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Rebuilding bridges means much more than transportation

Bridges — people on the Gulf Coast aren’t taking them for granted anymore. Hurricane Katrina’s punch knocked out the two major bridges on U.S. 90, the Bay St. Louis Bridge and the Biloxi-Ocean Springs Bridge.

The importance of these bridges quickly became apparent as relief efforts, rebuilding, commerce, development and the fabric of people’s daily lives were and continue to be hampered by the absence of these spans. The replacement of the bridges represents a powerful symbolism of an area and its people coming back.

‘Tremendous impact’

Speaking of the bridge connecting Biloxi and Ocean Springs, Biloxi Mayor A.J. Holloway says, “Make no mistake, the opening of the new bridge will be the most significant milestone in our recovery to date. It will have a tremendous impact on activity in East Biloxi in terms of all types of business and in terms of the lives of those who make the daily commute from Ocean Springs to East Biloxi. This 15-minute commute turned into a 45-minute trip and at the same time the price of gasoline has steadily increased.”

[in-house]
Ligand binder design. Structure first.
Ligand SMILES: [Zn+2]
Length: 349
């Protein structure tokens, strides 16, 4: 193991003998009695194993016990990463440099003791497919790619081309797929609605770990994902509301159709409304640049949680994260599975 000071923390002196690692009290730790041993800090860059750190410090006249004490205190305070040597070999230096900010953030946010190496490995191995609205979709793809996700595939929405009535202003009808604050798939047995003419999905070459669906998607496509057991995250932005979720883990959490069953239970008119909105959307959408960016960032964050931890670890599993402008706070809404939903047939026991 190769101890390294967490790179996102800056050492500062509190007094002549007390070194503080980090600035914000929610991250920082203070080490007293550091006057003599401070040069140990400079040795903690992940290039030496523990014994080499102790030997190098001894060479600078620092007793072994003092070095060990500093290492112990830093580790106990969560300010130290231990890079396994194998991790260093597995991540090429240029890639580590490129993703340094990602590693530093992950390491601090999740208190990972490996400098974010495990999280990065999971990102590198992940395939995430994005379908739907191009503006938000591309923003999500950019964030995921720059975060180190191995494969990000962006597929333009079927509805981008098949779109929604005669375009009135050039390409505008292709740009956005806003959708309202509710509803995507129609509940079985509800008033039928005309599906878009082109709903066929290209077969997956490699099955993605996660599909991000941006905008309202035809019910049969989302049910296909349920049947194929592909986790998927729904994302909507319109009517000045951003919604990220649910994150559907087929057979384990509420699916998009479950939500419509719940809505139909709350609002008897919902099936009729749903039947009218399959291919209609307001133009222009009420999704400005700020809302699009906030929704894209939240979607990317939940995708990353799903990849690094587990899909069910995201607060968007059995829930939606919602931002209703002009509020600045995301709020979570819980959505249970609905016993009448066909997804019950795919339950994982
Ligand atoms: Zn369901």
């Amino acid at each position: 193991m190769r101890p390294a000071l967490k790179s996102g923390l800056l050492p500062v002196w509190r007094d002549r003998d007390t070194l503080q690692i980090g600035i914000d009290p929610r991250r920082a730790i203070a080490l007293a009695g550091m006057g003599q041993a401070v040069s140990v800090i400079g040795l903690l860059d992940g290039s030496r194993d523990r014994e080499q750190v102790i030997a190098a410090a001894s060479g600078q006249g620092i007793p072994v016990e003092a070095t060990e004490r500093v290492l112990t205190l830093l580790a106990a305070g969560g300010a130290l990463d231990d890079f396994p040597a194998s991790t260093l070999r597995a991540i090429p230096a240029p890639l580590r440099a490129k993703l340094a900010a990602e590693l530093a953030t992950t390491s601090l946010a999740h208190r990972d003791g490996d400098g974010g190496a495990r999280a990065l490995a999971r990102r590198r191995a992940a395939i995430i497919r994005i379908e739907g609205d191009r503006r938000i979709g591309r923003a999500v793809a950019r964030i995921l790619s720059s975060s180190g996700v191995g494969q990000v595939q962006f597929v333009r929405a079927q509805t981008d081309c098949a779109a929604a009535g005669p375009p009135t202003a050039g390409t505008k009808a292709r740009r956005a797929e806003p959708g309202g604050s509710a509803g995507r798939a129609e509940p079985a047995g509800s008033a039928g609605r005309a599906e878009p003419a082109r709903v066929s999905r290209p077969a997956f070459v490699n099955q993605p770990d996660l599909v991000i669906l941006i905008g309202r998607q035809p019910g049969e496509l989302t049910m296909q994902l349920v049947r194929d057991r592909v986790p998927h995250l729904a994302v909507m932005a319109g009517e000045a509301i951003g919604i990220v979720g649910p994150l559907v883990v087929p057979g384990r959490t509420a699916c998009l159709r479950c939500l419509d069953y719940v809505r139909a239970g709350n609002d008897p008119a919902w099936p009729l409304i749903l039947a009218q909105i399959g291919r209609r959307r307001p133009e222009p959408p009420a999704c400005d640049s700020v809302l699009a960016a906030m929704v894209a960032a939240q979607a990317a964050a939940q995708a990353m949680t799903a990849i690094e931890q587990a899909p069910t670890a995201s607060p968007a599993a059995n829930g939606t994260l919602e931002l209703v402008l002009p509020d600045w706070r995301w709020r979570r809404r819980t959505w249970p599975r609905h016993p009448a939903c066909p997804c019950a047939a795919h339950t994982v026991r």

From a personal standpoint, Holloway knows about the travel time. “My mother lives in Ocean Springs and I used to visit her two to three times a week,” he says. “I get over there once a week now, and she’s afraid to drive on the interstate so it’s limited her trips this way.”